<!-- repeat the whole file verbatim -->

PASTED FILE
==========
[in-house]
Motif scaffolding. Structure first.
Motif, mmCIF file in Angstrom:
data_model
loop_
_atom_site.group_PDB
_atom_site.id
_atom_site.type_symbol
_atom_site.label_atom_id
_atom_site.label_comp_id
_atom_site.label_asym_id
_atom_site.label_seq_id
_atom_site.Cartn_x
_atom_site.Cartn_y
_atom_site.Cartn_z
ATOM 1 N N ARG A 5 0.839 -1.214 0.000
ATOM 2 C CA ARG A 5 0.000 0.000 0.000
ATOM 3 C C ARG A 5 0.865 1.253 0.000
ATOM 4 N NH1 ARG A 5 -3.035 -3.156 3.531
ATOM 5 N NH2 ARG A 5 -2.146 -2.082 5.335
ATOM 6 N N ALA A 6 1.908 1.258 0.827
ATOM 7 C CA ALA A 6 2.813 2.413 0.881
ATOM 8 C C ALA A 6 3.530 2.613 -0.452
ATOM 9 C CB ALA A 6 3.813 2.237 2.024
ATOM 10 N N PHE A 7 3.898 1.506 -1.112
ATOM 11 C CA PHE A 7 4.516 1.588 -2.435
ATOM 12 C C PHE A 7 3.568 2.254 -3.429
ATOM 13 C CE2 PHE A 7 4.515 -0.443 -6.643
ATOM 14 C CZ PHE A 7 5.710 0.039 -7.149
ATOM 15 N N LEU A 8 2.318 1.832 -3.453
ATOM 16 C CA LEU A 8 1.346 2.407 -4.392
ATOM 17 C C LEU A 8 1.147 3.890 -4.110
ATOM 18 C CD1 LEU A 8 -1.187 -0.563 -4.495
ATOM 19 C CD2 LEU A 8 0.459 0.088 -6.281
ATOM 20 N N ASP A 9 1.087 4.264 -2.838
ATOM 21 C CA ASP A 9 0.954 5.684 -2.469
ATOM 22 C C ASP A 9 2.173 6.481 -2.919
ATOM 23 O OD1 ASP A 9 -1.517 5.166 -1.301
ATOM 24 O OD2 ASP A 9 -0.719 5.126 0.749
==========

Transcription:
[in-house]
Motif scaffolding. Structure first.
Motif, mmCIF file in Angstrom:
data_model
loop_
_atom_site.group_PDB
_atom_site.id
_atom_site.type_symbol
_atom_site.label_atom_id
_atom_site.label_comp_id
_atom_site.label_asym_id
_atom_site.label_seq_id
_atom_site.Cartn_x
_atom_site.Cartn_y
_atom_site.Cartn_z
ATOM 1 N N ARG A 5 0.839 -1.214 0.000
ATOM 2 C CA ARG A 5 0.000 0.000 0.000
ATOM 3 C C ARG A 5 0.865 1.253 0.000
ATOM 4 N NH1 ARG A 5 -3.035 -3.156 3.531
ATOM 5 N NH2 ARG A 5 -2.146 -2.082 5.335
ATOM 6 N N ALA A 6 1.908 1.258 0.827
ATOM 7 C CA ALA A 6 2.813 2.413 0.881
ATOM 8 C C ALA A 6 3.530 2.613 -0.452
ATOM 9 C CB ALA A 6 3.813 2.237 2.024
ATOM 10 N N PHE A 7 3.898 1.506 -1.112
ATOM 11 C CA PHE A 7 4.516 1.588 -2.435
ATOM 12 C C PHE A 7 3.568 2.254 -3.429
ATOM 13 C CE2 PHE A 7 4.515 -0.443 -6.643
ATOM 14 C CZ PHE A 7 5.710 0.039 -7.149
ATOM 15 N N LEU A 8 2.318 1.832 -3.453
ATOM 16 C CA LEU A 8 1.346 2.407 -4.392
ATOM 17 C C LEU A 8 1.147 3.890 -4.110
ATOM 18 C CD1 LEU A 8 -1.187 -0.563 -4.495
ATOM 19 C CD2 LEU A 8 0.459 0.088 -6.281
ATOM 20 N N ASP A 9 1.087 4.264 -2.838
ATOM 21 C CA ASP A 9 0.954 5.684 -2.469
ATOM 22 C C ASP A 9 2.173 6.481 -2.919
ATOM 23 O OD1 ASP A 9 -1.517 5.166 -1.301
ATOM 24 O OD2 ASP A 9 -0.719 5.126 0.749